It is worth highlighting that since the 2019 report was released, discussions about gender representation in various sectors of the arts have worked their way into the mainstream. We believe this has renewed institutional interest in dealing with issues of gender inequity. Countess will continue to keep watch in the coming years to ensure this is not a passing trend.


The representation of women has significantly improved.

We counted over 13,000 artists across 184 institutions. This is undeniably a healthy sample size.

The category of non-binary artist was included for the first time. We now have a benchmark for non-binary representation within the sector.

We can report that:

︎︎︎71% of art school graduates are women.

︎︎︎There was an increase in the representation of women artists of between 10-20% across artist run spaces, commercial galleries,
contemporary art organisations, public galleries, major museums and university galleries.

︎︎︎State galleries and museums continue to significantly under-represent women in their collections and exhibitions.

︎︎︎In State galleries and museums the representation of women decreased from 36.9% to 33.9% from 2016 to 2019.

︎︎︎Non-binary artists were represented at 1-2% across the sector, with no non-binary artists recorded in curated state gallery exhibitions in 2018.

︎︎︎52% of art prize winners were women, with the top ten prizes (in dollar value) being a 50/50 split.

Access the full text here︎︎︎PDF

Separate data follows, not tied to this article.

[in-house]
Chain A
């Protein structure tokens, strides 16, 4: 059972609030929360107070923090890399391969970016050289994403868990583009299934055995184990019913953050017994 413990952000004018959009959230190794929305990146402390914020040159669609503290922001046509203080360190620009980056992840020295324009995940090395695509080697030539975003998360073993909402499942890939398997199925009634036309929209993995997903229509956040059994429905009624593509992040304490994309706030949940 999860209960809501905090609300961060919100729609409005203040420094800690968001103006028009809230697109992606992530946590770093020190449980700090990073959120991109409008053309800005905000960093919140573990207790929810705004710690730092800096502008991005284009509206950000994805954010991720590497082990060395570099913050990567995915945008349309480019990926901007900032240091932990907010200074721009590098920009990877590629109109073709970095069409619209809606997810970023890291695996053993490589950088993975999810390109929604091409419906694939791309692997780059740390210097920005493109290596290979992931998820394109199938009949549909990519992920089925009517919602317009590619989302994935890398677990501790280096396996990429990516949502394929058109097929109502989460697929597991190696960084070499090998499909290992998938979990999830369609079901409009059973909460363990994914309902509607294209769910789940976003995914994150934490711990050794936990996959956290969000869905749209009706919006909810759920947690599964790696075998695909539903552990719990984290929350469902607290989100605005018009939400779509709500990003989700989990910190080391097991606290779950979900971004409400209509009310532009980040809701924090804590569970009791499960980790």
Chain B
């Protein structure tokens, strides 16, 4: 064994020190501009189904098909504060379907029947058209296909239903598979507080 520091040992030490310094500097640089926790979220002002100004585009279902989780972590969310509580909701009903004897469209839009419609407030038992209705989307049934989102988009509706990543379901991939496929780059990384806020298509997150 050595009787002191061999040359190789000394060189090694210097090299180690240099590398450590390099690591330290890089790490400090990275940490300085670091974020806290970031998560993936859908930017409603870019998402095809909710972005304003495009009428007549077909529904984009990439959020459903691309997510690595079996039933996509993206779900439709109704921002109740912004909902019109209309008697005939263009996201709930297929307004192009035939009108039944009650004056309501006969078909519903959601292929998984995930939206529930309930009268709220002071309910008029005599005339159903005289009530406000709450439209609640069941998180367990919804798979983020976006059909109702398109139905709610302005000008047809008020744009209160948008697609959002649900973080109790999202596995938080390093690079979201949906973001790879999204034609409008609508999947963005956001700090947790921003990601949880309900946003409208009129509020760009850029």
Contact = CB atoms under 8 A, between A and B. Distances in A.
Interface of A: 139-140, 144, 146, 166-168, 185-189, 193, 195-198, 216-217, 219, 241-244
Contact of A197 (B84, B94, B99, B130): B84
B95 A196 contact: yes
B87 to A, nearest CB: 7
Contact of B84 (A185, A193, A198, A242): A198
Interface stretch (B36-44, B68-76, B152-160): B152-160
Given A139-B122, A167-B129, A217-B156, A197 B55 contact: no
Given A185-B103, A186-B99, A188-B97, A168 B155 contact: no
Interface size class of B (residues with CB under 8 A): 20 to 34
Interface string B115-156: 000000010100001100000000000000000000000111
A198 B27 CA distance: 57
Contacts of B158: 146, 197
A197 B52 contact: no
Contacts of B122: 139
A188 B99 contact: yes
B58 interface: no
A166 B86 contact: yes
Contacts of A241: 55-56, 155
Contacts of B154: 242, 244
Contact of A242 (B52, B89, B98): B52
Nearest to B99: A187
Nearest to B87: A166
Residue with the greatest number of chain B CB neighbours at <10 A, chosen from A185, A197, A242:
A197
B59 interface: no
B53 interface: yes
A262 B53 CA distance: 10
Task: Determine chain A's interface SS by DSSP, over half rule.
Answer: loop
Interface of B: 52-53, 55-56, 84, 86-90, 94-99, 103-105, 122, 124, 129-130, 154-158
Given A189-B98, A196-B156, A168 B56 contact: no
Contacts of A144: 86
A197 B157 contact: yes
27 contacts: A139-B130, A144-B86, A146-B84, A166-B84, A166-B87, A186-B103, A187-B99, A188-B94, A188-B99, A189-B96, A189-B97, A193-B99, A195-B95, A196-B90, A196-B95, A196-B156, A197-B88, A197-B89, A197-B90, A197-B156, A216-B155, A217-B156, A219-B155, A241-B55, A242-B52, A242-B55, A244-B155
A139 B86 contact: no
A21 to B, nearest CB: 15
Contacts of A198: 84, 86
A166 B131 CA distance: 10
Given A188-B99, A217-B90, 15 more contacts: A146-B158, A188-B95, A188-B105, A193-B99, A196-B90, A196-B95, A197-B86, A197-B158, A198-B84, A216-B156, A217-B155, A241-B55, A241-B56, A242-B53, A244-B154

black and white illustration titled "the pool of artists" depicting a large number of diverse people swimming in a circular pool

Artwork by ︎︎︎Sadie Chandler

2016 Countess Report

Edited by Elvis Richardson

This study has found that in 2014, female artists may be claiming new ground, and certainly that the number of women showing in Australian galleries is rising, but that the pool of male art graduates still have between three and four times the number of exhibition opportunities as the pool of female graduates.

The study established that women make up 74% of visual art graduates and 48% of exhibiting artists in ARI’s - the most gender equal of the gallery types. Both categories – art schools and ARIs – are open call.

A surprising and pleasing result was that the percentage of female artists showing in CAOs galleries rose from previous levels that were consistently below 40% to 45% in 2014. Art Prizes also took a turn for the better, awarding 56% of the prizes to women, though only 47% of the prize pool by value.

When we looked at prize data historically, the 2014 result indicated a recent and significant improvement, perhaps because women won three of the richest art prizes in 2016.

The analysed biennales and public galleries also achieved percentage representation of women in the mid to high 40s.

Access the full text here︎︎︎PDF